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Indian Economy

Rural Daily Wages

  • 24 Nov 2022
  • 6 min read

For Prelims: Reserve Bank of India, Rural Wages, Deen Dayal Upadhayay Grameen Kaushalya Yojana, Pradhan Mantri Kaushal Vikas Yojana, Pradhan Mantri Matru Vandana Yojana

For Mains: Government Policies & Interventions

Why in News?

Recently, the Reserve Bank of India (RBI) released data on daily wage payments in India.

What are the Findings?

  • Agricultural Workers:
    • In Madhya Pradesh (MP), male agricultural workers in rural areas got a daily wage of just Rs 217.8 while in Gujarat, it worked out to Rs 220.3 in the year ended March 2022.
      • Daily wages in both the states are below the national average of Rs 323.2.
    • Kerala leads in highly paid agricultural workers with an average wage of Rs 726.8 per worker.
      • The high wages in Kerala have attracted farm workers from other poorly paid states with around 25 lakh migrant workers reportedly living in the state.
    • In Jammu & Kashmir, farm workers get an average wage of Rs 524.6, Himachal Pradesh Rs 457.6, and Tamil Nadu Rs 445.6 per person.
  • Non-agricultural Workers:
    • In the case of male non-agricultural workers, the lowest wage was in MP with an average wage of Rs 230.3 while Gujarat workers got a daily wage of Rs 252.5 and Tripura Rs 250 — all below the national average of Rs 326.6.
    • Kerala again leads in non-agricultural workers’ wages with Rs 681.8 wage per person.
      • Kerala was followed by J&K, Tamil Nadu and Haryana for the year ended March 2022.
    • Gujarat and Madhya Pradesh are again below the national average of Rs 373.3 in the case of rural male construction workers.
      • Gujarat rural construction workers got an average wage of Rs 295.9, MP Rs 266.7 and Tripura Rs 250.
  • Construction Workers:
    • Daily wage for rural construction workers was Rs 837.7 in Kerala, Rs 519.8 in J&K, Rs 478.6 in Tamil Nadu and Rs 462.7 in Himachal Pradesh.

What are the Issues associated with Rural Wages?

  • Rural jobs are dependent on agriculture which in turn is influenced by monsoon and rabi and kharif production.
  • Low agricultural prices contribute to lower incomes in rural areas.
  • Most new jobs in the rural areas are for unskilled workers, so the wages and nature of the work are unattractive.
  • There is a strong gender disparity, where the female worker is paid only 70% of what the male worker earns.
  • Productivity increases without wage increases could offset the impact of real wage increases on welfare.

What are the Related Initiatives?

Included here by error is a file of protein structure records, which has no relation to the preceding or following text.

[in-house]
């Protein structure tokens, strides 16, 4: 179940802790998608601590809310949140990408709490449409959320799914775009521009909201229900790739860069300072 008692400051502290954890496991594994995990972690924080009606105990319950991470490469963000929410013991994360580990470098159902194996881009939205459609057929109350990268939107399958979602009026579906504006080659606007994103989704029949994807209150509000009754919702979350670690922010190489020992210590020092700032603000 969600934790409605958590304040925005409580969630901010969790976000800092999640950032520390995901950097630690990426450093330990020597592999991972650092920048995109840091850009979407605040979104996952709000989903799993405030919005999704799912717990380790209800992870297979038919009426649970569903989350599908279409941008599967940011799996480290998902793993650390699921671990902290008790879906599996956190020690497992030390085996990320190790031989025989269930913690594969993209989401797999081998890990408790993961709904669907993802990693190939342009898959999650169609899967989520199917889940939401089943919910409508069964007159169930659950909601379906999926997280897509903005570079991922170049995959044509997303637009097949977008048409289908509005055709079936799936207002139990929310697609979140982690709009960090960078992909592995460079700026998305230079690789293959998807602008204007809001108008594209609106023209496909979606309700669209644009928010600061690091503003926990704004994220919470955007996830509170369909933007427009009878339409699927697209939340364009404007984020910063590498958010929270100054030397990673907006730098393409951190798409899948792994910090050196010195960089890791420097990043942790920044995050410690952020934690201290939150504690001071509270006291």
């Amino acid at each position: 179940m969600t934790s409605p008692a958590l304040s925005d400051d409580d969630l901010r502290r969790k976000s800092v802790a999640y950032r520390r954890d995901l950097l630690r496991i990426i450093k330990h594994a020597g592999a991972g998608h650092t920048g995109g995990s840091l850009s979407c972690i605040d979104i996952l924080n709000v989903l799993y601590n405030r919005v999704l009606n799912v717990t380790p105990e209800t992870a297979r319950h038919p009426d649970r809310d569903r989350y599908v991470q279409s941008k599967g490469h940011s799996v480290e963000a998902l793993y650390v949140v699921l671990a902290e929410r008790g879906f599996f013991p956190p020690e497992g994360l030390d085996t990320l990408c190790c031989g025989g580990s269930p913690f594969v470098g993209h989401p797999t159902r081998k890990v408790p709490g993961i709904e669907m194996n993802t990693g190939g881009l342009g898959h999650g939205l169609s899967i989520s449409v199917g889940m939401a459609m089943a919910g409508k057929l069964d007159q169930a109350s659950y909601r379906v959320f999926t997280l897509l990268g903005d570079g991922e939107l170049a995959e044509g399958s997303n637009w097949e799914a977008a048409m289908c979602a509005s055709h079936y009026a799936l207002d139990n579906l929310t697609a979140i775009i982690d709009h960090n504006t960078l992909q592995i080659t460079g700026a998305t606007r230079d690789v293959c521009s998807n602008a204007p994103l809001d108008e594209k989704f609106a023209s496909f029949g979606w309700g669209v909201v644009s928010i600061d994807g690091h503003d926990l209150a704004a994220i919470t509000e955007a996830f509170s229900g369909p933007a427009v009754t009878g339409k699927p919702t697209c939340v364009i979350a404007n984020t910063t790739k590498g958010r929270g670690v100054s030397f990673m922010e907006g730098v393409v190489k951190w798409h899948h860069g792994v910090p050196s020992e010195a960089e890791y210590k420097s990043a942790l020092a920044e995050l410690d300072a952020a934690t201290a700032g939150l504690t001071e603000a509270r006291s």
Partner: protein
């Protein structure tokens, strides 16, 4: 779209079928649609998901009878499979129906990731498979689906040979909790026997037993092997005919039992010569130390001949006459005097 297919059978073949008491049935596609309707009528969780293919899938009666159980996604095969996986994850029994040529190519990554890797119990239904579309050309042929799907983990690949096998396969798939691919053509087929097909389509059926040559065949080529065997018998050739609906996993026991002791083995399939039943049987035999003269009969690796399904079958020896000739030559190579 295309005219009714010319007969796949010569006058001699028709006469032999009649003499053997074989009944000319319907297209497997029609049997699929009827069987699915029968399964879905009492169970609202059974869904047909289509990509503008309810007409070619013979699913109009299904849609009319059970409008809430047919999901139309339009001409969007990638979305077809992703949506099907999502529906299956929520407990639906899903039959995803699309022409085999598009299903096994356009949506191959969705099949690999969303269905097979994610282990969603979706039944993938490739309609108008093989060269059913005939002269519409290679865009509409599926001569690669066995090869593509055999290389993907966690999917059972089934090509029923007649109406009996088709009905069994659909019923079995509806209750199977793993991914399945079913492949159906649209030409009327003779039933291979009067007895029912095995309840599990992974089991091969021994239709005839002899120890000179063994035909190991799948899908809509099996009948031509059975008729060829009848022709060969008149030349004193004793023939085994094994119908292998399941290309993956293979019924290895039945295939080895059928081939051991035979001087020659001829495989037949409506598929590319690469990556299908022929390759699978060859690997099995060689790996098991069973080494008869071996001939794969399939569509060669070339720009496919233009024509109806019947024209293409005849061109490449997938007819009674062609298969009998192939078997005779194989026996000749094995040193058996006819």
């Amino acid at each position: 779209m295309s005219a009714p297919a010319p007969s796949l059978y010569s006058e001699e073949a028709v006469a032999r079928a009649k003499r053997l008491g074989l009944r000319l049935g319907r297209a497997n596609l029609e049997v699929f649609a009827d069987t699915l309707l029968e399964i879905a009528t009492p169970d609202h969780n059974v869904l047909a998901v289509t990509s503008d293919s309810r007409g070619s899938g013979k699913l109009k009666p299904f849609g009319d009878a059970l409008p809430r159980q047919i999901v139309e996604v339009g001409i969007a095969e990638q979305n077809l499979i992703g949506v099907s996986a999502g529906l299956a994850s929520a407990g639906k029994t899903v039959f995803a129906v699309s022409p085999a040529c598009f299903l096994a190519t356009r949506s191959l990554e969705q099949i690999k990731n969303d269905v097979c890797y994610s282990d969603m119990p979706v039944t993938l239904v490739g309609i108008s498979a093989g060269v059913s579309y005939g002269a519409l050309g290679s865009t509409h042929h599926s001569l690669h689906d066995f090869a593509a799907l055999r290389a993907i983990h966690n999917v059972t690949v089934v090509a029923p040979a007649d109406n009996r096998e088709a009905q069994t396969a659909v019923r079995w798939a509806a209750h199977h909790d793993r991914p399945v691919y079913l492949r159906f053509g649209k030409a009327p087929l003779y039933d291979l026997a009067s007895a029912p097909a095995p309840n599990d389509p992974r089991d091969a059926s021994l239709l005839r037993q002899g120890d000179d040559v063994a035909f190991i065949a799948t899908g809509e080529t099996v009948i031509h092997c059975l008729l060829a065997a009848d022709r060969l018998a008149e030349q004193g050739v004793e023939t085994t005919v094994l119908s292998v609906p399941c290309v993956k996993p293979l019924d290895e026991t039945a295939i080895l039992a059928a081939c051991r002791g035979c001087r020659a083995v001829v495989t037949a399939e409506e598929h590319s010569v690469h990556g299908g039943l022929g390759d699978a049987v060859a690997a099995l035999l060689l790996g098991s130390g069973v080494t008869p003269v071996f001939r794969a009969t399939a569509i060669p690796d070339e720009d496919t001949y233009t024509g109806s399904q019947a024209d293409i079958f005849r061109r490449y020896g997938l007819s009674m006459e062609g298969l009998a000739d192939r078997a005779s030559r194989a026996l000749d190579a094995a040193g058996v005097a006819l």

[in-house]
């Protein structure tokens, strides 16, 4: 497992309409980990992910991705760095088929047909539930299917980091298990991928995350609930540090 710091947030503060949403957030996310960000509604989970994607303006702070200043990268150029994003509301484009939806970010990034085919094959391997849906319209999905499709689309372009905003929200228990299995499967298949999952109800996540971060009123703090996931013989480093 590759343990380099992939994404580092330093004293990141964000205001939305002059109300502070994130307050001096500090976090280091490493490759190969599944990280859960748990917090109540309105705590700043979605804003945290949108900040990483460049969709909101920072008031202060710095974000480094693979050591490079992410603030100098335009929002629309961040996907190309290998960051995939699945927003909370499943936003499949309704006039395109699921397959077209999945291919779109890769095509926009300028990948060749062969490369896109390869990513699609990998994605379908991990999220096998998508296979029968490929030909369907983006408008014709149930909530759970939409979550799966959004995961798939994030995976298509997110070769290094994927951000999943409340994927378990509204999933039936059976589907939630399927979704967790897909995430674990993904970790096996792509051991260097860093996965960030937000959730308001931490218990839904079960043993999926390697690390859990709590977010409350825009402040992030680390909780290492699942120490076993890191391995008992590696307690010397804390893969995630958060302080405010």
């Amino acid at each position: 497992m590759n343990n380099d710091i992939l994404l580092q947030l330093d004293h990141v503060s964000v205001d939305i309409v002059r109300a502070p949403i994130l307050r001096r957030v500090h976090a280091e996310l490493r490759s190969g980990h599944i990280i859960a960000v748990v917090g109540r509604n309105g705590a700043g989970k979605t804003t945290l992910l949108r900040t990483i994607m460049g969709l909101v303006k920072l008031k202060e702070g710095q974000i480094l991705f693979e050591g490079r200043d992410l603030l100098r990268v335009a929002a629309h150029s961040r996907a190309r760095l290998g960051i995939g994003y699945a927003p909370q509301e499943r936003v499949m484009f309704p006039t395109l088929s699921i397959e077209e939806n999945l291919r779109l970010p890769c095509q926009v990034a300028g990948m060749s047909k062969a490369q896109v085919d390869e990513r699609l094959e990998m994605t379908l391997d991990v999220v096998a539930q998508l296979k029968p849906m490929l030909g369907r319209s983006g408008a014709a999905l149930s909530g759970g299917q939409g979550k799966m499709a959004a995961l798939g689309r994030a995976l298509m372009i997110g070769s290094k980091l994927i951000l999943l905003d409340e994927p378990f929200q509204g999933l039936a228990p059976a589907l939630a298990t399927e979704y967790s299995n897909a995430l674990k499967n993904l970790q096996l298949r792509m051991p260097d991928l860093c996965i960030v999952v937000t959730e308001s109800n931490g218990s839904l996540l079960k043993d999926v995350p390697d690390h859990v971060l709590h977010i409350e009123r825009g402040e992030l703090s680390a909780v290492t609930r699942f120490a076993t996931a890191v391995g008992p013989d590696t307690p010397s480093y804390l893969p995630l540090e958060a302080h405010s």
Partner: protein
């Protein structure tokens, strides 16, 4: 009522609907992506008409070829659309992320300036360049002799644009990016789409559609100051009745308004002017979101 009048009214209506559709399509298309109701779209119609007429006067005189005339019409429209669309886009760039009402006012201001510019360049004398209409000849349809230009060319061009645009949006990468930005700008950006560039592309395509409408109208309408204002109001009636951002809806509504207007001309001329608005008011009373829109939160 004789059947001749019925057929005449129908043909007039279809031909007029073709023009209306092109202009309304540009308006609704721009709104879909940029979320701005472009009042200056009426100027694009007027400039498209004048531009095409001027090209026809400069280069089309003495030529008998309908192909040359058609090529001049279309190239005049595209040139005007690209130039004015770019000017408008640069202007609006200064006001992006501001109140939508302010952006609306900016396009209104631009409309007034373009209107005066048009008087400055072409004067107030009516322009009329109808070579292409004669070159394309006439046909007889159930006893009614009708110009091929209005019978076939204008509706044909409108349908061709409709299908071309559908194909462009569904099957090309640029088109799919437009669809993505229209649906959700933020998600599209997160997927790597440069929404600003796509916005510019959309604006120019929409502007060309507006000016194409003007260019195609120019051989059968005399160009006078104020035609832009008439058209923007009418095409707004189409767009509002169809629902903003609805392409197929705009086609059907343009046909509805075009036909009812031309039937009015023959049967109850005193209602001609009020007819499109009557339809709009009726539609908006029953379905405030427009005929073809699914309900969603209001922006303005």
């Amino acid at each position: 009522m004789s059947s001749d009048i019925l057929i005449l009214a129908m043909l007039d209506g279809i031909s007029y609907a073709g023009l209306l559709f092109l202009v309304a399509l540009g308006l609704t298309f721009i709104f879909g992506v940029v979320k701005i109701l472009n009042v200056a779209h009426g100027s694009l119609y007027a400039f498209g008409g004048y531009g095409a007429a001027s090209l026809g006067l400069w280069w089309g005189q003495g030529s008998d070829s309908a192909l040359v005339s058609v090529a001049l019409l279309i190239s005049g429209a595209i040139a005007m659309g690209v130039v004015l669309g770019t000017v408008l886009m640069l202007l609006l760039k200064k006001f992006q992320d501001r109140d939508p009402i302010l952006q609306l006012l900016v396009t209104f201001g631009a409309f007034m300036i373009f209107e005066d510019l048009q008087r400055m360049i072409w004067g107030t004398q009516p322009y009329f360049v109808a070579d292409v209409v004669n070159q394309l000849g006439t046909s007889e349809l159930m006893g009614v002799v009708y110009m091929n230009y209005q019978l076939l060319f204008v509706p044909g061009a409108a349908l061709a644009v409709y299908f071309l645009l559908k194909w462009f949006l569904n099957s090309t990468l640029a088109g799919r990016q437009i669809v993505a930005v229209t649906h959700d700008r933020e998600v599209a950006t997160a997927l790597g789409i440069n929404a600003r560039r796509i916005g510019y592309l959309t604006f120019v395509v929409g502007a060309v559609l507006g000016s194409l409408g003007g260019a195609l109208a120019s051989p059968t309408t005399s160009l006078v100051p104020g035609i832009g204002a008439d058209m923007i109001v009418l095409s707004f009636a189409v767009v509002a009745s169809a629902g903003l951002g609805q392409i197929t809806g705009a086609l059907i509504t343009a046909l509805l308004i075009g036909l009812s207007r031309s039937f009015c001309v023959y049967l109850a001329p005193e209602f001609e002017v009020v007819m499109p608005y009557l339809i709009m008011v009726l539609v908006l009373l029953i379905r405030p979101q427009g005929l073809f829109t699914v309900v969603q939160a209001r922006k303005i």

Way Forward

  • To tackle the challenge of creating decent jobs for its growing young population, action will be needed on multiple fronts including investments in human capital, revival of the productive sectors, and programmes to stimulate small entrepreneurship.
  • There must be incentives provided to rural food processing industries, and value chains must be efficient in linking processing with transportation.
    • In addition, contract farming and direct farm-factory connections offer considerable potential for rural income security.
  • Digitalisation in rural space and Local e-governance will be critical to making 650,000 villages and 800 million citizens self-sufficient.
    • Through active collaboration between the public and private sectors, a rural knowledge platform can be built that will bring cutting-edge technology deeper into villages and create jobs.
    • Artificial Intelligence can be used to facilitate smart and precise agriculture.

UPSC Civil Services Examination, Previous Year Question (PYQ)

Q. Among the following who are eligible to benefit from the “Mahatma Gandhi National Rural Employment Guarantee Act”? (2011)

(a) Adult members of only the scheduled caste and scheduled tribe households
(b) Adult members of below poverty line (BPL) households
(c) Adult members of households of all backward communities
(d) Adult members of any household

Ans: (d)


  • Mahatma Gandhi National Rural Employment Guarantee (MGNREGA), which is the largest work guarantee programme in the world, was enacted in 2005 with the primary objective of guaranteeing 100 days of wage employment per year to every household whose adult members volunteer to do unskilled manual work.
  • It aims at addressing the causes of chronic poverty through the ‘works’ (projects) that are undertaken, and thus ensuring sustainable development. There is also an emphasis on strengthening the process of decentralisation by giving a significant role to Panchayati Raj Institutions (PRIs) in planning and implementing these works.
  • Therefore, option D is the correct answer.

Source: IE

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